Does the compliance program actually work in practice?

Improvement, Testing, and Review: Prosecutors are advised to consider whether a company’s compliance program is adaptable (has the “capacity to improve and evolve”) and whether the company has engaged in meaningful efforts to review its compliance program and to assess revisions “in light of lessons learned.”

Investigation of Misconduct: The revised guidance advises prosecutors to consider whether and how company misconduct was detected, what investigative efforts were conducted, and the nature and thoroughness of the company’s remedial efforts.

Remediation Efforts: Prosecutors are advised to consider whether the company undertook an “adequate and honest root cause analysis” to evaluate what contributed to the misconduct and to determine the degree of remediation needed to prevent similar events in the future.

“The Evaluation of Corporate Compliance Programs” can be found in whole here. The DOJ press release can be found here.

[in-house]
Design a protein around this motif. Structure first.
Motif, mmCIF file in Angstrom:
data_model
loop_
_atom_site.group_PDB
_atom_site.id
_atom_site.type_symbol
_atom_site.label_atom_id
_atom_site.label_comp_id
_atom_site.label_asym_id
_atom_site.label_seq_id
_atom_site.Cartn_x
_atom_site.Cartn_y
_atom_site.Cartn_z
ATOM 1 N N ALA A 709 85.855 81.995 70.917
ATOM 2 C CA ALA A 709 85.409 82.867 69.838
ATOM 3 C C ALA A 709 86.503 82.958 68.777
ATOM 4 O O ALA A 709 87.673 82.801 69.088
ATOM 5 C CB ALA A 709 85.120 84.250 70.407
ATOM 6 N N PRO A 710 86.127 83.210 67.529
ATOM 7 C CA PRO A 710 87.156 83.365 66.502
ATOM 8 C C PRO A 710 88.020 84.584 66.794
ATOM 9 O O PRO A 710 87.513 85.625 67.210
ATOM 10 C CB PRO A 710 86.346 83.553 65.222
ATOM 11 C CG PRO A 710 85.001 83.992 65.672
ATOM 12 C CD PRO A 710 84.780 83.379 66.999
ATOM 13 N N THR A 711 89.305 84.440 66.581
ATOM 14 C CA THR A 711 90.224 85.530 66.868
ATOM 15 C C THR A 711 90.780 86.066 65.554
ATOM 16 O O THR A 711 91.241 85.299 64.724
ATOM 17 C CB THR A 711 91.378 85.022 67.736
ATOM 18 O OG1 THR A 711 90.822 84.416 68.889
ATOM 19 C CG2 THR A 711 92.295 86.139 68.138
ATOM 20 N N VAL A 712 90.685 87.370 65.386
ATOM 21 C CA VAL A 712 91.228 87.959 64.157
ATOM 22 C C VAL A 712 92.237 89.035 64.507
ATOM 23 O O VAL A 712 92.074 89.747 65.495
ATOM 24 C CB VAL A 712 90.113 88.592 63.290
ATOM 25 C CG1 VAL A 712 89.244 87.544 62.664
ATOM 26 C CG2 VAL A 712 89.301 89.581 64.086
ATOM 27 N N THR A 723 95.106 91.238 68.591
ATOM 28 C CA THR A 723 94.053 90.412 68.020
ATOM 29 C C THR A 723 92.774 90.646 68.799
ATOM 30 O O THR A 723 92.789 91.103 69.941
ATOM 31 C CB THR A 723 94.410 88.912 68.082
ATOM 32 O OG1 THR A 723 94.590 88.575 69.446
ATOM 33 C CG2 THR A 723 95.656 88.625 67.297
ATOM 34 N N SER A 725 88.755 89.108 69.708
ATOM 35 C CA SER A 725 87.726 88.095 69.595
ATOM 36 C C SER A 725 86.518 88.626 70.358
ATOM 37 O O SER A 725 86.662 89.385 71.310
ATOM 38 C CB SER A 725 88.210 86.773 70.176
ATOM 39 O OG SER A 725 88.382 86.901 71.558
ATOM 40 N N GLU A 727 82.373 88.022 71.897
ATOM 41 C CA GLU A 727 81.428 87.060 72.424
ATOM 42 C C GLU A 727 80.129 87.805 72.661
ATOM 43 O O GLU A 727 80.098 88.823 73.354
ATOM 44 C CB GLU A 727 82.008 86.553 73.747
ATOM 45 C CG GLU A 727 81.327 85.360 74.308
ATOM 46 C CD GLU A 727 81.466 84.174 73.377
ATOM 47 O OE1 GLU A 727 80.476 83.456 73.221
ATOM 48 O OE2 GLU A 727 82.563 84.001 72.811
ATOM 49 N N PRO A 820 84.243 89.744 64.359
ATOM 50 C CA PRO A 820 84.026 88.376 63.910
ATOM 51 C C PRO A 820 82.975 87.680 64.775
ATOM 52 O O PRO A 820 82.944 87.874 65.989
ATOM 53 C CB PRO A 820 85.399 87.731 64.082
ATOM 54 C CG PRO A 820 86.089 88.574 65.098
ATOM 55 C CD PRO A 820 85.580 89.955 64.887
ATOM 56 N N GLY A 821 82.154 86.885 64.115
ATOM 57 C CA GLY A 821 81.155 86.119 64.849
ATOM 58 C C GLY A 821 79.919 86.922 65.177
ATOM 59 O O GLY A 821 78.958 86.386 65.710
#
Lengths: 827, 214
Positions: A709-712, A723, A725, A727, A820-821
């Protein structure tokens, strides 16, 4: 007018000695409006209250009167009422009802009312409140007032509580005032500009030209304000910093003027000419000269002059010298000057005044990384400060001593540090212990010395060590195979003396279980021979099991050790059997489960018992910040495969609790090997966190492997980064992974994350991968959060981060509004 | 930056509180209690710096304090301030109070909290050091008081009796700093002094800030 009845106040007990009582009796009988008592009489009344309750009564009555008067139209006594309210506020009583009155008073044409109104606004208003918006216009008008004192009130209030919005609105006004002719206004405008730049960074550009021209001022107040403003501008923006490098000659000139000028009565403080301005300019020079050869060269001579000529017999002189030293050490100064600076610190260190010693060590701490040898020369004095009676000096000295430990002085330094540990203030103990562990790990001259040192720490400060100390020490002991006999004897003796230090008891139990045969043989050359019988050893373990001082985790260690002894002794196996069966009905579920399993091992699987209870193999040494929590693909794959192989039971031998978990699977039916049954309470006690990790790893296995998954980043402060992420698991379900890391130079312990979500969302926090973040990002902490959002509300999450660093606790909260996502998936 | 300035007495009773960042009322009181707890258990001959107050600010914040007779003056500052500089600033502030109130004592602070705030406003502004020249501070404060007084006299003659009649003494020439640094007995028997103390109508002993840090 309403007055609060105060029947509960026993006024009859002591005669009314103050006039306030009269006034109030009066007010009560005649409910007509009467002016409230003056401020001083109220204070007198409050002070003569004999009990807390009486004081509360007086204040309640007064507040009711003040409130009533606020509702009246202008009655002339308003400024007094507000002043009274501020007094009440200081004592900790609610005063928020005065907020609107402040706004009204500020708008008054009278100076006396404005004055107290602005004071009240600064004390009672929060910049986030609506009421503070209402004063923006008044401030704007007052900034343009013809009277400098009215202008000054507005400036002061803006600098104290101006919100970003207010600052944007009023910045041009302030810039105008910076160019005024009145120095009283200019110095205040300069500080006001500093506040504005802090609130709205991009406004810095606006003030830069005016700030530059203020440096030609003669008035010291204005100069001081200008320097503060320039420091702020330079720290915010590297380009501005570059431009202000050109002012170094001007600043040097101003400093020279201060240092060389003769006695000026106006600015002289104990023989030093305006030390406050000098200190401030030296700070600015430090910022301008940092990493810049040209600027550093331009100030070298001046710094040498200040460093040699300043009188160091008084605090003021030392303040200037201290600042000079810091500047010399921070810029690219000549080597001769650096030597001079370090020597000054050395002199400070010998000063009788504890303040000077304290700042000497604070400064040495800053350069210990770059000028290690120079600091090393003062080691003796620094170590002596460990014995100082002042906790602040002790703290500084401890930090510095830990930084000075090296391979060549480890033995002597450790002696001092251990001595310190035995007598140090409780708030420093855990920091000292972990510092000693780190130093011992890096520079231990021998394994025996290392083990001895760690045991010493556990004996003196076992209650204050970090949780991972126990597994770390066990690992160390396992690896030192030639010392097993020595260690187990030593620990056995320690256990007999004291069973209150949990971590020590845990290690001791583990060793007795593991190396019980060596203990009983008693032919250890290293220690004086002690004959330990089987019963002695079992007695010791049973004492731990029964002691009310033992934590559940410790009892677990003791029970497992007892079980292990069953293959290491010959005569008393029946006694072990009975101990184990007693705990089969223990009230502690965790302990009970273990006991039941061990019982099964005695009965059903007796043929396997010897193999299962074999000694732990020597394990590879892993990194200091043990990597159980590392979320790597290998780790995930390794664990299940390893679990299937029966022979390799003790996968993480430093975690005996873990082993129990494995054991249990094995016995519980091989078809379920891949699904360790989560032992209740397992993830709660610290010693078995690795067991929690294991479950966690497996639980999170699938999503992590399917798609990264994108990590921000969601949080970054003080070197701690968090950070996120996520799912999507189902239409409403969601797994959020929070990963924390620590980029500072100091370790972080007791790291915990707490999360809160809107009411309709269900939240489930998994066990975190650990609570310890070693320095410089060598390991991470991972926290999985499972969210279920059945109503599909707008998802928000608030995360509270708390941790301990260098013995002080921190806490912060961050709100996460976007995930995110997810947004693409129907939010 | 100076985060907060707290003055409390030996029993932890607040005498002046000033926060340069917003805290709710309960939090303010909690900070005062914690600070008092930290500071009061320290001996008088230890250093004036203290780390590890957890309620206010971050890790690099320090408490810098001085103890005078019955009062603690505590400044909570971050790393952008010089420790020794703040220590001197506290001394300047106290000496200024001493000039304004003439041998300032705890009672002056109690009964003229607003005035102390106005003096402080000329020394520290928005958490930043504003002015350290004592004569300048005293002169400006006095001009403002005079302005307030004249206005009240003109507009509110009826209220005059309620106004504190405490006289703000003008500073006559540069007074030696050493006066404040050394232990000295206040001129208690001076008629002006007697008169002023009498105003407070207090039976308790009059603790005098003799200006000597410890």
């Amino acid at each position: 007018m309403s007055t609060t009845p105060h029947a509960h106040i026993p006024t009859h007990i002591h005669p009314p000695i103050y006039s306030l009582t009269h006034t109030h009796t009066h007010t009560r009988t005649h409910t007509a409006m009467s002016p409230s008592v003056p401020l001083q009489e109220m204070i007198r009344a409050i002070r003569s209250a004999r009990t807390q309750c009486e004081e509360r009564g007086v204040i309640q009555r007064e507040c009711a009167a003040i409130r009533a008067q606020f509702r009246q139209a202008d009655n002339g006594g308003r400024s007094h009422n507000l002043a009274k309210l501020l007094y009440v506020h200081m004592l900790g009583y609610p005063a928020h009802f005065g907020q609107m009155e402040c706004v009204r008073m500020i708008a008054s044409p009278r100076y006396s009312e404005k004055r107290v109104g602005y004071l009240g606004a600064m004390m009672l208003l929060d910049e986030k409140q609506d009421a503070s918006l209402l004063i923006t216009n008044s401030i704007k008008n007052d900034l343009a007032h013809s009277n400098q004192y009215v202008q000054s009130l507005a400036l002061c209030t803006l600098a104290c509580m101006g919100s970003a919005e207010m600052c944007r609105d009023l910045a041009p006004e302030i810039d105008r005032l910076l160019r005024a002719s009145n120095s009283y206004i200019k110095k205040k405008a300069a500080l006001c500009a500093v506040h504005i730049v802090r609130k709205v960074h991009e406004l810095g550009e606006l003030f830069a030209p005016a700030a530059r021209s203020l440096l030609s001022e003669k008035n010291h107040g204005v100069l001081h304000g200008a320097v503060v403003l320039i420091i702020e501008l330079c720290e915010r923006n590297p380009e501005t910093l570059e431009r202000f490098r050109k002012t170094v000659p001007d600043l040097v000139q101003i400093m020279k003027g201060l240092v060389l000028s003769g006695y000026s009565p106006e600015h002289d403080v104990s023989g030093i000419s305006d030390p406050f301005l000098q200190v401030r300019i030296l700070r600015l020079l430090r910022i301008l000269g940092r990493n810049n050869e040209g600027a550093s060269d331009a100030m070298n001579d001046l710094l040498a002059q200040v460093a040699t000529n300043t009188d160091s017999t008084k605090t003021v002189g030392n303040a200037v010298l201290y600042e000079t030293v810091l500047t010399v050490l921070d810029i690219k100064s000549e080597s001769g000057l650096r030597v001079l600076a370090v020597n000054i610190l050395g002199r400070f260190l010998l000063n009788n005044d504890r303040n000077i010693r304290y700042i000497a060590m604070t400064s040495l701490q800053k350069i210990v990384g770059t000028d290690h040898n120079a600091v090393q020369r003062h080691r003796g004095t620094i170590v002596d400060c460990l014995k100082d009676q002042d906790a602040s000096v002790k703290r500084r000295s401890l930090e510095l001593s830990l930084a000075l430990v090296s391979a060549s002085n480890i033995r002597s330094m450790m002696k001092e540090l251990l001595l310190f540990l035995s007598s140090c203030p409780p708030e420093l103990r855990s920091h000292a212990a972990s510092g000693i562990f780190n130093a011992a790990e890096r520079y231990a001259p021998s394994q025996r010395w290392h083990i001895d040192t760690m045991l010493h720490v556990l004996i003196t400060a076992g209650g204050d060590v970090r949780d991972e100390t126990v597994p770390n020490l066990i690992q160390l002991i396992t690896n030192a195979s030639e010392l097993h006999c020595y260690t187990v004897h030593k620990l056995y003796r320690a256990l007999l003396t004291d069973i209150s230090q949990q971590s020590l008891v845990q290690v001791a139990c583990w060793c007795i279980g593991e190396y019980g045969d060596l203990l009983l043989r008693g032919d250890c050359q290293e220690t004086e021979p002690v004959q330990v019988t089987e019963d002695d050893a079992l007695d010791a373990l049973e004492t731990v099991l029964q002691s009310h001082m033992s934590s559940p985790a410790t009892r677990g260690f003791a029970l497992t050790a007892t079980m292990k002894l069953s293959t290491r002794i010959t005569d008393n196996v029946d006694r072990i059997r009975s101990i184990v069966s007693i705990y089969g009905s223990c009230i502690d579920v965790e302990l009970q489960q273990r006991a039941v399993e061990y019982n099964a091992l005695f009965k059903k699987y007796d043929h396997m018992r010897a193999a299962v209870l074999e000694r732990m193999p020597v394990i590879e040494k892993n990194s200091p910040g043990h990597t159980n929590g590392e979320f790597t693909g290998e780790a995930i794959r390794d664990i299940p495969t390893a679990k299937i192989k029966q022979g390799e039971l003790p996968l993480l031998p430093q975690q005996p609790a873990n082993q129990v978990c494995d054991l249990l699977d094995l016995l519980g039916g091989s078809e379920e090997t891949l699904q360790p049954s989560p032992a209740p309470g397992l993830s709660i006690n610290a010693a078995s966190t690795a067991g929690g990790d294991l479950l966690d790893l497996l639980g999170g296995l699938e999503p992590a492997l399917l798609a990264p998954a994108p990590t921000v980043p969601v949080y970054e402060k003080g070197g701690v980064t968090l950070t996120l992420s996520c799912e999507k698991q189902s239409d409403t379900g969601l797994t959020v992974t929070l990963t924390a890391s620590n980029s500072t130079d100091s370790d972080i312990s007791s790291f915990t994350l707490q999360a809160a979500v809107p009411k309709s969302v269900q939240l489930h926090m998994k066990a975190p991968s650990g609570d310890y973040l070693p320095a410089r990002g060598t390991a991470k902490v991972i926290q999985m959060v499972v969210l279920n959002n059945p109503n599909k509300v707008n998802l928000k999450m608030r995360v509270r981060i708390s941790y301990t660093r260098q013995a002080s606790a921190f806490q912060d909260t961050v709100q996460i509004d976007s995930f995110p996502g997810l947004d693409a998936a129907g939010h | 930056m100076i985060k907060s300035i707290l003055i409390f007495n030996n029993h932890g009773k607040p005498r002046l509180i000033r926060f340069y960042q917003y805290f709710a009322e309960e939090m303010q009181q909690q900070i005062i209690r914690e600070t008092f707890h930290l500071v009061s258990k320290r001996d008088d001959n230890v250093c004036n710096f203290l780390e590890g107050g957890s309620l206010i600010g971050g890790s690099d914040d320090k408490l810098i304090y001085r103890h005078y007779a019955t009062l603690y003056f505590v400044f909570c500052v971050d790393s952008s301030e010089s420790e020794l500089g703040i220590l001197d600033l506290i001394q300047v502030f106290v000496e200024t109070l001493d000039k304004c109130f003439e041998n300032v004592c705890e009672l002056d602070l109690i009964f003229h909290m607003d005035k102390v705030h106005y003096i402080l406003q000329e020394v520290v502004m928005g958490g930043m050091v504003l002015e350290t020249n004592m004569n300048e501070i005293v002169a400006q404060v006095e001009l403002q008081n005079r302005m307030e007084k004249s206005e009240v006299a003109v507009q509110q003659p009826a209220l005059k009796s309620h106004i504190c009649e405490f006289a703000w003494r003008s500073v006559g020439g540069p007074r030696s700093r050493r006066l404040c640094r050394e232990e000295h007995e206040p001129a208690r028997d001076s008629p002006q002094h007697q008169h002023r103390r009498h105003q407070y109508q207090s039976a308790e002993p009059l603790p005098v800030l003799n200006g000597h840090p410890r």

This blog is made available by Foley & Lardner LLP (“Foley” or “the Firm”) for informational purposes only. It is not meant to convey the Firm’s legal position on behalf of any client, nor is it intended to convey specific legal advice. Any opinions expressed in this article do not necessarily reflect the views of Foley & Lardner LLP, its partners, or its clients. Accordingly, do not act upon this information without seeking counsel from a licensed attorney. This blog is not intended to create, and receipt of it does not constitute, an attorney-client relationship. Communicating with Foley through this website by email, blog post, or otherwise, does not create an attorney-client relationship for any legal matter. Therefore, any communication or material you transmit to Foley through this blog, whether by email, blog post or any other manner, will not be treated as confidential or proprietary. The information on this blog is published “AS IS” and is not guaranteed to be complete, accurate, and or up-to-date. Foley makes no representations or warranties of any kind, express or implied, as to the operation or content of the site. Foley expressly disclaims all other guarantees, warranties, conditions and representations of any kind, either express or implied, whether arising under any statute, law, commercial use or otherwise, including implied warranties of merchantability, fitness for a particular purpose, title and non-infringement. In no event shall Foley or any of its partners, officers, employees, agents or affiliates be liable, directly or indirectly, under any theory of law (contract, tort, negligence or otherwise), to you or anyone else, for any claims, losses or damages, direct, indirect special, incidental, punitive or consequential, resulting from or occasioned by the creation, use of or reliance on this site (including information and other content) or any third party websites or the information, resources or material accessed through any such websites. In some jurisdictions, the contents of this blog may be considered Attorney Advertising. If applicable, please note that prior results do not guarantee a similar outcome. Photographs are for dramatization purposes only and may include models. Likenesses do not necessarily imply current client, partnership or employee status.